People are threatening to put their dogs down due to the cost of living crisis, an animal rescue charity has revealed.
Large Breed Dog Rescue volunteer Jo Wood, from Sittingbourne, says the charity has been overwhelmed by pet owners who cannot afford rising vet bills.
The rescue, founded in 2013, is based in Greenhithe, but the team’s five volunteers work around the clock to rescue pooches, such as bullmastiffs and St Bernards, from as far away as Scotland.
Jo, 57, said: “We have two problems at the moment. One is the cost of living crisis and the other is the fact that because our dogs are much bigger the costs for s take care of them are much higher.
“We also have hundreds of Covid dogs that people bought during lockdown and didn’t socialise.
“These owners didn’t do any training with them and now that they’re getting older, these dogs are a bit picky.
“Almost every dog we get has a history of being bitten because they just haven’t been exposed to life.
“We are getting more and more requests to foster these dogs, but we just can’t accept any more. All of our foster families are full and all of our kennels are full.
“It’s just madness right now.”
The charity’s volunteers feel the dog owners are almost blackmailing them into taking their pets.
Jo continued: “People seem to go out and buy the biggest dog they can, without doing any research on it.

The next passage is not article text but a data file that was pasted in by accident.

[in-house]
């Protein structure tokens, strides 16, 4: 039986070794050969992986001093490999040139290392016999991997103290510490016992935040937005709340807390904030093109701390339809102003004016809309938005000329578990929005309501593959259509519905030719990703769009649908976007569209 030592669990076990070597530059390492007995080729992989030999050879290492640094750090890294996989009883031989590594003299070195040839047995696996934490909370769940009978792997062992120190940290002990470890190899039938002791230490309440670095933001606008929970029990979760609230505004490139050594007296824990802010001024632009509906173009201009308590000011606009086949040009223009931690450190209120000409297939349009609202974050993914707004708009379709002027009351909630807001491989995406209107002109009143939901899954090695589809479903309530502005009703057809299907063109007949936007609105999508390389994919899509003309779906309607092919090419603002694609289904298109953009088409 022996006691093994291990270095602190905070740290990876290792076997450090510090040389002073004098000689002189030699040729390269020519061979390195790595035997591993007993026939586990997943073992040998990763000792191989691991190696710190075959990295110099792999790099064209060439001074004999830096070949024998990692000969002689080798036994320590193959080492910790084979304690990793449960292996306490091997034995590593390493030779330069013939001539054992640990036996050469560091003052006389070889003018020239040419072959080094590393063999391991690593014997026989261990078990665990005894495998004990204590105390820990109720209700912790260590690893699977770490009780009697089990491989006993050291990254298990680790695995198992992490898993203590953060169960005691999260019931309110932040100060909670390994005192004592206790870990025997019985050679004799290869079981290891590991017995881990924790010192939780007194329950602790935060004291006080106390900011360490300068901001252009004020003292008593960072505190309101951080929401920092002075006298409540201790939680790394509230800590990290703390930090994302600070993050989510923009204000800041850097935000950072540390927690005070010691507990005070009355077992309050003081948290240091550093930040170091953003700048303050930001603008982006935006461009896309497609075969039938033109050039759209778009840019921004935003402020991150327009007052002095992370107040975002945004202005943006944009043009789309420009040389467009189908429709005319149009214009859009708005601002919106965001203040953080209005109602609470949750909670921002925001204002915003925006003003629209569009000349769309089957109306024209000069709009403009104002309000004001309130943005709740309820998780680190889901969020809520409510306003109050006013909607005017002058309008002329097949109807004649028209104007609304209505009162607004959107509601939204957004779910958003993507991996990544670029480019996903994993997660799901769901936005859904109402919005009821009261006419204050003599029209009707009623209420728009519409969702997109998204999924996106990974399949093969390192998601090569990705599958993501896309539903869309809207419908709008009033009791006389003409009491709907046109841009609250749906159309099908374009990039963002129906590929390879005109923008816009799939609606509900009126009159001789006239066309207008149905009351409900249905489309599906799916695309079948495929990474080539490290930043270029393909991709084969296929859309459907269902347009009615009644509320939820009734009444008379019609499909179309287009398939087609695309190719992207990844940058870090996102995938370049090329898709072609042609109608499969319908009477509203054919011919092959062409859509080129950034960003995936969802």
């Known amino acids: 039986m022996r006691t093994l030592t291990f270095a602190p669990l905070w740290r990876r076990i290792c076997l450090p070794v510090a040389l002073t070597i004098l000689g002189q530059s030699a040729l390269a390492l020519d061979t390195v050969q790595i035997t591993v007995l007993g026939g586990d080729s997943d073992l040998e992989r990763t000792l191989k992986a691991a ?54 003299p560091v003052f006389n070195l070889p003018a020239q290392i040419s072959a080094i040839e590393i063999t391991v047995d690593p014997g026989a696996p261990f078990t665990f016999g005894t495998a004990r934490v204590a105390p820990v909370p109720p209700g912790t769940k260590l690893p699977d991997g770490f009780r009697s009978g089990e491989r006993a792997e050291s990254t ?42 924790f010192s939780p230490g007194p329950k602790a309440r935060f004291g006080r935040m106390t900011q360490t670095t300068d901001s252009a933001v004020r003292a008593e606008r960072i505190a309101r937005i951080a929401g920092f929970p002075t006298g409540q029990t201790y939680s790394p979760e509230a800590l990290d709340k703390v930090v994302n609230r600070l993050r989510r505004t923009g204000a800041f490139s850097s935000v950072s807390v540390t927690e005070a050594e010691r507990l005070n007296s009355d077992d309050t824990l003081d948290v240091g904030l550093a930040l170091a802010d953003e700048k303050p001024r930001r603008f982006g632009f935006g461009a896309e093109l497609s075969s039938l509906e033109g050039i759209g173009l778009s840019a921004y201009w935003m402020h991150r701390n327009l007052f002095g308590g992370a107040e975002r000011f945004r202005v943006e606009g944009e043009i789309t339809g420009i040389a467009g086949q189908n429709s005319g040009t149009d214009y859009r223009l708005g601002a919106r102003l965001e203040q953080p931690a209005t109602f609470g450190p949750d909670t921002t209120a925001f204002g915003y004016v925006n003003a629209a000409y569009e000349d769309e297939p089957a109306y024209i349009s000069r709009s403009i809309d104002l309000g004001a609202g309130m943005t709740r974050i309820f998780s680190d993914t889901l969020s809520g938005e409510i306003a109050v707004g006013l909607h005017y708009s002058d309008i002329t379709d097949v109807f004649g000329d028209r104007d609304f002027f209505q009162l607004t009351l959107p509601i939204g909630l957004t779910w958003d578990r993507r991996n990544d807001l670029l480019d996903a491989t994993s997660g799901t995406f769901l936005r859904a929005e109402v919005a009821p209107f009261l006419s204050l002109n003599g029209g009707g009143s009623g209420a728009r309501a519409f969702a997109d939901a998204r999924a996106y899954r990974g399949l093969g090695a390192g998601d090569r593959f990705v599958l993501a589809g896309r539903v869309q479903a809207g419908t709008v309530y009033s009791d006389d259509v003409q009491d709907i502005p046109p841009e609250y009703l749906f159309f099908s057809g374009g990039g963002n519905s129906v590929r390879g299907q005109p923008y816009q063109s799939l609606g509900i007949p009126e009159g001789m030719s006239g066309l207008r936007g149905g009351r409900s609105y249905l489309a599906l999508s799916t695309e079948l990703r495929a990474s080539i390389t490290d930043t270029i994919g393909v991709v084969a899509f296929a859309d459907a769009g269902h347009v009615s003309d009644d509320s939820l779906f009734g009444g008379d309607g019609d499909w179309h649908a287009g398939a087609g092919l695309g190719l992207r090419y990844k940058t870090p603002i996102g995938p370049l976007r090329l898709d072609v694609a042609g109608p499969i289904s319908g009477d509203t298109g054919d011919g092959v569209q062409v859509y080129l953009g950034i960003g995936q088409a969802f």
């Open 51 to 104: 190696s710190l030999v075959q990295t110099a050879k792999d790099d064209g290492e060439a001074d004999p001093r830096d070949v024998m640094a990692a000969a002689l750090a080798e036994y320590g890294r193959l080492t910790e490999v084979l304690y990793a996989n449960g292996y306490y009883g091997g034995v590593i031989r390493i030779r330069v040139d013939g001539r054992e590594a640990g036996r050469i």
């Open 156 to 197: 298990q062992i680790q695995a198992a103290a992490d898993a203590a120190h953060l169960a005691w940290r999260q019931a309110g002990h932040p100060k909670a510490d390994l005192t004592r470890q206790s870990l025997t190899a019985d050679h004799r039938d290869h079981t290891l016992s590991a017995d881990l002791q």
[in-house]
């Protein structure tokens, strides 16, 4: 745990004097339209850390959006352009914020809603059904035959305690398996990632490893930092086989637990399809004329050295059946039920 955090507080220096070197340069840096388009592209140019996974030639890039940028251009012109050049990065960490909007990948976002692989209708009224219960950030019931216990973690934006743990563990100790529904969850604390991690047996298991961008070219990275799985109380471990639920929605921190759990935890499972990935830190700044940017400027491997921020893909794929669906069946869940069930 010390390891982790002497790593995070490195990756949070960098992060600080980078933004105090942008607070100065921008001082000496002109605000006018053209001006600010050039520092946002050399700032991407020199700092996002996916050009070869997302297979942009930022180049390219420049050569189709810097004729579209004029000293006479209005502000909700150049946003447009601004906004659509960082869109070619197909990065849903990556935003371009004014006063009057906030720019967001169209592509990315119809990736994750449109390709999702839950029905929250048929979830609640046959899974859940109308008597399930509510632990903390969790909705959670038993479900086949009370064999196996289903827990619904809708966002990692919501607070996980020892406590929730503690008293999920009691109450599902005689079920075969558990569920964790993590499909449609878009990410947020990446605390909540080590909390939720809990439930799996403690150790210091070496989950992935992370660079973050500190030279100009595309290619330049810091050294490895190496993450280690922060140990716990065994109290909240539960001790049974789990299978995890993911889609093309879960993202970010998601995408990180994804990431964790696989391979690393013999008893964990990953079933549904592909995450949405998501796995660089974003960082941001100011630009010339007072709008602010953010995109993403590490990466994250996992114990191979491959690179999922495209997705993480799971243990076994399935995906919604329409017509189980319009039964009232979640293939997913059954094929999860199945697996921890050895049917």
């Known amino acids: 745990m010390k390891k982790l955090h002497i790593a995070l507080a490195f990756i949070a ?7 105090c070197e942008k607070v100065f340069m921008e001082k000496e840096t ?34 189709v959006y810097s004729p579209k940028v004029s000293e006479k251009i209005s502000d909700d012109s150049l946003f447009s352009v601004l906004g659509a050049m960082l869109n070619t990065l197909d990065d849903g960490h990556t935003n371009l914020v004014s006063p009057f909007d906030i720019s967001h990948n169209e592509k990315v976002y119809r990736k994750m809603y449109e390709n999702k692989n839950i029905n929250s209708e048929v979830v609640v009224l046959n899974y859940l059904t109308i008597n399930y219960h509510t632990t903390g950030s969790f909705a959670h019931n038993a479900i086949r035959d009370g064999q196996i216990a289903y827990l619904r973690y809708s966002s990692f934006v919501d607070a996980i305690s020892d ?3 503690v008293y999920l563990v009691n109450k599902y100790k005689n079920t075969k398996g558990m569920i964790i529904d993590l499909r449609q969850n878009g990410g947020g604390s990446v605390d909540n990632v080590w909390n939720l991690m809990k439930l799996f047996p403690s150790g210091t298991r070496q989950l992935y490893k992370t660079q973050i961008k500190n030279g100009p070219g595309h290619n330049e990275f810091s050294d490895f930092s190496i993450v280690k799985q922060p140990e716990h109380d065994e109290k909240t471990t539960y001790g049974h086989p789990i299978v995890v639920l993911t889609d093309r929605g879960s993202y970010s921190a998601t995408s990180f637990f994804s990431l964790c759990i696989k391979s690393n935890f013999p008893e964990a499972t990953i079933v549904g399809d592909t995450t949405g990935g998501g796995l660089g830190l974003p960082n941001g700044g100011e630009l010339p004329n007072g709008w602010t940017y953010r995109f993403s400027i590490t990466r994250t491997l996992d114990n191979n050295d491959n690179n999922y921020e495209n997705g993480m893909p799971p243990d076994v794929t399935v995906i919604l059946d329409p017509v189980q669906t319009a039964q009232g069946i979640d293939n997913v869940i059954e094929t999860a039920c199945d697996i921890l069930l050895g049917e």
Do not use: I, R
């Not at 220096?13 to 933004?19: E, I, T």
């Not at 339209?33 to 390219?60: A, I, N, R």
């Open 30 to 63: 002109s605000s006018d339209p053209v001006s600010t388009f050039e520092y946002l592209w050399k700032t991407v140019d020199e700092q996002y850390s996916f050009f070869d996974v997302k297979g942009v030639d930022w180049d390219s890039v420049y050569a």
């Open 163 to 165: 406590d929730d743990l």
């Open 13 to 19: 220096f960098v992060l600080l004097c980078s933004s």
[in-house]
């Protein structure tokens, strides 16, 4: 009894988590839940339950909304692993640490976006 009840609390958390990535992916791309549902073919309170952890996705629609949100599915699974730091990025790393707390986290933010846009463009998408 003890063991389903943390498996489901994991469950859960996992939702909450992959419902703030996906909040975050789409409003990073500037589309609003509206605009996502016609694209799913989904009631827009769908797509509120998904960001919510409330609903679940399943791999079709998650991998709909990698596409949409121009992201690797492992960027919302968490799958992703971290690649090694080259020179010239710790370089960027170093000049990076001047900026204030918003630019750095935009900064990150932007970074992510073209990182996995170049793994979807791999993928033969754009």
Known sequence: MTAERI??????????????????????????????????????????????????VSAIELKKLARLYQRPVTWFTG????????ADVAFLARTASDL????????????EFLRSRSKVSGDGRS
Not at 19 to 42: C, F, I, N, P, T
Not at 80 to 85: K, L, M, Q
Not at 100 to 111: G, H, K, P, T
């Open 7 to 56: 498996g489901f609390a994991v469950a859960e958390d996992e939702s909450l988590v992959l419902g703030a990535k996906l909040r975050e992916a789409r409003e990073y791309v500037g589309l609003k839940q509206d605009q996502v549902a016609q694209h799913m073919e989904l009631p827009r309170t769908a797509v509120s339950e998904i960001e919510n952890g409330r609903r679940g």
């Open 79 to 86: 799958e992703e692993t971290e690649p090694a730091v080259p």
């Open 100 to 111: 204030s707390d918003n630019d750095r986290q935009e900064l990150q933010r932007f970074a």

“When they start to see that the dog has guard manners or things like that, they message us and say we can take him urgently and if we don’t they threaten to take him. fall asleep.
“We’ve never seen anything like this before.”
The Royal Veterinary College states that no veterinary surgeon is obliged to kill a healthy animal unless required to do so under statutory powers as part of their terms of employment.
It’s rare for a vet to euthanize a dog for no reason, however, Jo is concerned that some owners may lie to vets about a dog’s bite history, which means the dog could be put down.
She said: “Right now we’re probably looking after 15 rescues – but we have a huge waiting list.
“We’re asked to take in around 10-15 dogs a day and we just can’t do it.
“The charity needs to be selective with the dogs we take in, we need to know that we can place them in good homes that have great experience with dogs.”
The Large Breed Dog Rescue has a strict no destruction policy and never puts a dog down unless advised by a veterinarian due to poor health.
The charity runs solely on donations, however, this year alone £11,000 had to be spent on just two dogs.
Jo and the team held their biggest fundraiser last Saturday and only raised £2,200, far less than expected.
To learn more about the association, click here.
She added: “We can’t magically create spaces, it’s just a never-ending story. I don’t know what the answer is.
“Maybe some of the larger dog charities need to expand and be able to accommodate more dogs.”